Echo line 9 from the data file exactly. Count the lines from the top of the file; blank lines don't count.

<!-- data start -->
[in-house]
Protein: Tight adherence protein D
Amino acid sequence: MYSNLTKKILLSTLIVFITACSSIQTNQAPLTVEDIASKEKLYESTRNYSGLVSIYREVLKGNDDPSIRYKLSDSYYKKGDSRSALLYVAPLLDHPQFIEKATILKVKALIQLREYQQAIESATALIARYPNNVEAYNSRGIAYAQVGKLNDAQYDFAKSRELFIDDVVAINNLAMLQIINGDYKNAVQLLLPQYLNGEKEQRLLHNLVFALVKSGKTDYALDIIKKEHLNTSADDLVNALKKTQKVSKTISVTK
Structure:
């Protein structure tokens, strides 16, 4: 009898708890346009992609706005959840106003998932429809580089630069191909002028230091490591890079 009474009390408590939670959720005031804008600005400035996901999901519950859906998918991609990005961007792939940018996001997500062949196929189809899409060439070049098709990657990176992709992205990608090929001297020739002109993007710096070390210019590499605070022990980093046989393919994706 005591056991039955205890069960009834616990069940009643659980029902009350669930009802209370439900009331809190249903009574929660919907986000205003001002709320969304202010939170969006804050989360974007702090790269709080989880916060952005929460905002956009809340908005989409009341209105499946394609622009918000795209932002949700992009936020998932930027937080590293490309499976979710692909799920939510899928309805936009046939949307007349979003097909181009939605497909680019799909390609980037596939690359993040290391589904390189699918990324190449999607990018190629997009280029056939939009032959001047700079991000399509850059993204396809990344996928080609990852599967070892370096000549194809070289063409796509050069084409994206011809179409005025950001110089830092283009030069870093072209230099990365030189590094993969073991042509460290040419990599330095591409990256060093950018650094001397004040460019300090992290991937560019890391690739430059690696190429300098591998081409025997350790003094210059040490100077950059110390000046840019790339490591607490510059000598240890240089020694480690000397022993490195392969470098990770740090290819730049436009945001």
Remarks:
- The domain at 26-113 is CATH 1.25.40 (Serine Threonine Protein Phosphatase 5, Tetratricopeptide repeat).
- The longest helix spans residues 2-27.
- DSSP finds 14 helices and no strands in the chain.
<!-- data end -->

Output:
- DSSP finds 14 helices and no strands in the chain.